A Senior Research Fellow at the Institute of Fiscal Studies (IFS), Dr Said Boakye, has restated the need for more political commitment to ensure fiscal discipline amidst the Coronavirus pandemic era.
According to him, with Ghana’s debt servicing taking 72 per cent of government revenue, the county’s fiscal position is likely to get worse if the government does not take some tough measures in reducing expenditure while it increases revenue.
While speaking in an interview to make bare the facts, Dr Said Boakye stated that the government must tread cautiously as most of its social intervention programmes in the pandemic have been poorly executed and lack fiscal prudence.
“The suspension of the Fiscal Responsibility Act, to a large extent, was unavoidable because the situation was bad and the pandemic- related expenditures were real. So, we are not much bothered about the suspension, but you cannot hide behind that and continue to be populist and provide expenditures because you are good. Why should we be borrowing and dashing it out? That is what we are talking about,” he said.
He further added that;
“Our study of the economic history of this country reveals that fiscal populism is the cause of the country’s recurring fiscal distress. This can be seen from the ’70s through to the ’90s and in current times when the HIPC was employed to relieve the country, but we still engage in populism. Of course, it is no secret that there is competition in terms of who can promise. If we do not stop it we cannot fix this country. We need to take certain bitter decisions now if we are interested in fixing the economy.”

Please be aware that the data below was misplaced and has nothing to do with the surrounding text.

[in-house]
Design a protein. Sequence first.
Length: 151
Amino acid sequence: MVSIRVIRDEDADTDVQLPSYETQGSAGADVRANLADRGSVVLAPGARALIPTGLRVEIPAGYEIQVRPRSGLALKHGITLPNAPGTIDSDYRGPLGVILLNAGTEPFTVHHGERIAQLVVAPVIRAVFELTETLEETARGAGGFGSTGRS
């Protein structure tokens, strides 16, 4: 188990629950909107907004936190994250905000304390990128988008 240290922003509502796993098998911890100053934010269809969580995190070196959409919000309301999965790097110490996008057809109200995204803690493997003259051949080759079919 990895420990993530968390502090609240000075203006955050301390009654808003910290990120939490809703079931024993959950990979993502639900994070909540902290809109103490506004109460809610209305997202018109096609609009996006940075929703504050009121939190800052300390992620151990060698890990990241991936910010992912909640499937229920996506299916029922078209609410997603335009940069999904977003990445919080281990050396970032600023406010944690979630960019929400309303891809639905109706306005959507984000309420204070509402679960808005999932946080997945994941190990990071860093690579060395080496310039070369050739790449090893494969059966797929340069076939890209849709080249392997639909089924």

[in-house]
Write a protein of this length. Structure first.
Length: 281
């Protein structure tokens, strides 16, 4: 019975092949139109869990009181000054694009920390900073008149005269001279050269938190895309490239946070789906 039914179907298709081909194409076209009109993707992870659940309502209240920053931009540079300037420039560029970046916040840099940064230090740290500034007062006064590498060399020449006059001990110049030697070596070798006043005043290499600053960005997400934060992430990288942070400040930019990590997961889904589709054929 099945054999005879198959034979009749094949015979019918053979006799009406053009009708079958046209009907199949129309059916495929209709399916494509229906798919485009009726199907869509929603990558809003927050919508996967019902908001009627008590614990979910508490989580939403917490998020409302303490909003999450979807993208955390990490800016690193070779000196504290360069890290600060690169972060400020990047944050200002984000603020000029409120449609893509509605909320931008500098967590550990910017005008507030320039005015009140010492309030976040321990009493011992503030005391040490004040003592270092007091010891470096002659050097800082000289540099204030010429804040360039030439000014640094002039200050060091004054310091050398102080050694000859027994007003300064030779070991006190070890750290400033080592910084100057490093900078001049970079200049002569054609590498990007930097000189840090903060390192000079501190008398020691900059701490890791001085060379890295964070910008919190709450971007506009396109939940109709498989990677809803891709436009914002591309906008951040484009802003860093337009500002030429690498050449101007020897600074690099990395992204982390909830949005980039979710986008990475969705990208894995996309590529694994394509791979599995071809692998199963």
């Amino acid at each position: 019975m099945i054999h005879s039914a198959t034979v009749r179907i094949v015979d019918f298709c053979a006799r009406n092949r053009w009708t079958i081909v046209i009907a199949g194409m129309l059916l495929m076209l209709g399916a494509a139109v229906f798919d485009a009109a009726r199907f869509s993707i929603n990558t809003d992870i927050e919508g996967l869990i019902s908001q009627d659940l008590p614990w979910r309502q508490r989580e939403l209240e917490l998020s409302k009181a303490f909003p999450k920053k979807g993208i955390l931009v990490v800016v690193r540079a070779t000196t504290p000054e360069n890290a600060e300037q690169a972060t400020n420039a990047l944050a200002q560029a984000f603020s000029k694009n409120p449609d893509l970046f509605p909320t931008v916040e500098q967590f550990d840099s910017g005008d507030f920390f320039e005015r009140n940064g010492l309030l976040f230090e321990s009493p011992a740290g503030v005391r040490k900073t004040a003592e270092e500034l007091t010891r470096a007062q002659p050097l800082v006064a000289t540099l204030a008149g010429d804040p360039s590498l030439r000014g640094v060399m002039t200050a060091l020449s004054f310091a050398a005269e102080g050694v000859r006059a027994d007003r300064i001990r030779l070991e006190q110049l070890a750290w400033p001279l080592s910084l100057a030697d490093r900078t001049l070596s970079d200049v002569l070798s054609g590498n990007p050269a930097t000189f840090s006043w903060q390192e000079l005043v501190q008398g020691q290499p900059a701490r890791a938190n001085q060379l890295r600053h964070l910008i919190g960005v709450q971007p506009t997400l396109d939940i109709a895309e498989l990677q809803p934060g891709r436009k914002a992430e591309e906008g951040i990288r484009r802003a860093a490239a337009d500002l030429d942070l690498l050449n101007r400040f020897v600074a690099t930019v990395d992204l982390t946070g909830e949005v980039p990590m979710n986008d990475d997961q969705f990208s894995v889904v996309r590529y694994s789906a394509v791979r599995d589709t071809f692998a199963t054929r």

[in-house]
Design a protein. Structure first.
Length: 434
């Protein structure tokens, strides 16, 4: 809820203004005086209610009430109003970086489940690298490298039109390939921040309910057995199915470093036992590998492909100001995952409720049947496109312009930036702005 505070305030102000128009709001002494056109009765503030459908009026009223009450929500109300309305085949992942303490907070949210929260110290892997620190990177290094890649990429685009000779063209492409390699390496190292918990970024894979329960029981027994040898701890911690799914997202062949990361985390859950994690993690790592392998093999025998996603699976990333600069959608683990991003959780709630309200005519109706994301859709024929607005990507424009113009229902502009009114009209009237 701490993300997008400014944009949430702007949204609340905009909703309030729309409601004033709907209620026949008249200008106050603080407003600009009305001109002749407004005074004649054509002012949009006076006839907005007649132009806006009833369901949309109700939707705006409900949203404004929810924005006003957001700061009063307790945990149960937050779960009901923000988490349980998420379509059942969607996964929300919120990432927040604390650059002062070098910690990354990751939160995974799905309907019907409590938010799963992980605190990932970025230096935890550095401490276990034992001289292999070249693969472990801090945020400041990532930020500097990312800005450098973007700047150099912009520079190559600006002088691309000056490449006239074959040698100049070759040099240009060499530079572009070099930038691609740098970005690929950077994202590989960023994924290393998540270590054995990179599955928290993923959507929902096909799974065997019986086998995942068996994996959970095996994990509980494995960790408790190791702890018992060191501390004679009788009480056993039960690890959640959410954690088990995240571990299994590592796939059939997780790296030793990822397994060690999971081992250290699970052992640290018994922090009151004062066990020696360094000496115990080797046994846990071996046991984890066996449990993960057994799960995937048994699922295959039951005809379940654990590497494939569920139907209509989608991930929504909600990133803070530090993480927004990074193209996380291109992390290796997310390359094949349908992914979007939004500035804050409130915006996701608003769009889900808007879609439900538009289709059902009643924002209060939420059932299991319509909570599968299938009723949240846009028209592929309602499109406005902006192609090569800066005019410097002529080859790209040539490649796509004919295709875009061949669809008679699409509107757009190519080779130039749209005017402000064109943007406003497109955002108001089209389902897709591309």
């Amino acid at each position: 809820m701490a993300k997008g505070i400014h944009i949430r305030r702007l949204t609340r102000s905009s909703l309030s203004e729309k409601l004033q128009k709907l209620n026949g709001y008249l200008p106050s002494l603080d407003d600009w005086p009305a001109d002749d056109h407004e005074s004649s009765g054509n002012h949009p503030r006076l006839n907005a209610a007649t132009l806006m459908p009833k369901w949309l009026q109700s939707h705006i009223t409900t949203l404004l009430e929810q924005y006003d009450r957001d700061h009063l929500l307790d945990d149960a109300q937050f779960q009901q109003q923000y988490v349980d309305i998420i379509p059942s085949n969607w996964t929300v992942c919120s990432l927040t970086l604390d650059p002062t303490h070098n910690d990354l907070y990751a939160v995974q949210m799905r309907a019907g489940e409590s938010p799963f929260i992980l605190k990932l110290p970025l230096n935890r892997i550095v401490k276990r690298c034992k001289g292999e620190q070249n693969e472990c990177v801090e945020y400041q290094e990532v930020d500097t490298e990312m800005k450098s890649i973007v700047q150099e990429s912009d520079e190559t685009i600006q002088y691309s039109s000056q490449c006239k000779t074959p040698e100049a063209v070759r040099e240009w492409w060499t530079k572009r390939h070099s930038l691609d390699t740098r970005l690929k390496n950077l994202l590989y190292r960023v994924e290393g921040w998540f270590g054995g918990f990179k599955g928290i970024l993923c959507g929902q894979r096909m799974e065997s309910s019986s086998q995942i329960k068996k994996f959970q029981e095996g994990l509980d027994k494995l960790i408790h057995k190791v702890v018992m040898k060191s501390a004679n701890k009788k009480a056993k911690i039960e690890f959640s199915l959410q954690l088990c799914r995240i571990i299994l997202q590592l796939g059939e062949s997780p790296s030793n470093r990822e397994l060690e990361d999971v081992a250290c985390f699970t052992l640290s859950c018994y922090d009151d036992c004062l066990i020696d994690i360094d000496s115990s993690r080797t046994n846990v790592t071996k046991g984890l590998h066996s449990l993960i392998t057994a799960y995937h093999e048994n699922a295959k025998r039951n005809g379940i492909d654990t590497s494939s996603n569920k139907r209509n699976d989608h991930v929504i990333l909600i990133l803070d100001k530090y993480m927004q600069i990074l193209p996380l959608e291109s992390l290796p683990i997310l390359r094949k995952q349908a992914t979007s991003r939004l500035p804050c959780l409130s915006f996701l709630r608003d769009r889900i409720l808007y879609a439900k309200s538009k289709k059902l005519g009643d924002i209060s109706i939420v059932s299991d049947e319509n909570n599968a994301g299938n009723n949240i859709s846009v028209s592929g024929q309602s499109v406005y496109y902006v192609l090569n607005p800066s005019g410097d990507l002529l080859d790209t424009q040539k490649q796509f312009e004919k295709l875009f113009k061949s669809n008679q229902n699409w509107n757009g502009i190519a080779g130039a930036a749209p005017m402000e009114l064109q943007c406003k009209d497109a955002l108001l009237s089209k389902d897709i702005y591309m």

The Coronavirus pandemic and its unforeseen economic burden has created uncertainty and weakened economic growth, resulting in an expected deficit of 11.7 per cent of Gross Domestic Product (GDP).
This resulted in increased government and external financing needs as policy interventions were drawn to sustain household incomes and business activities.
It has also resulted in a revenue shortfall of GH¢13.6 billion and unanticipated but necessary expenditures of approximately GH¢11.7 billion.
Earlier this month, Ghana’s parliament approved the government’s request to suspend the Fiscal Responsibility rules which forbid the Finance Minister, Ken Ofori-Atta, from exceeding a budget deficit of 5 per cent of the previous year’s GDP.
In the Finance Minister’s response, he explained that the suspension was needed to mitigate the negative impact of COVID 19.
In retrospection of the 2020 Mid-Year Budget, he revised the budget deficit for 2020 from 4.7 per cent of GDP to 11.4 per cent of GDP due to revisions in the country’s total revenue and expenditure.
The revisions in the Total Revenue and Grants and Total Expenditures resulted in a fiscal deficit (on a cash basis) of GH¢44.1 billion (11.4% of GDP) for 2020, up from the original 2020 Budget target of GH¢18.9 billion (4.7 per cent of GDP).
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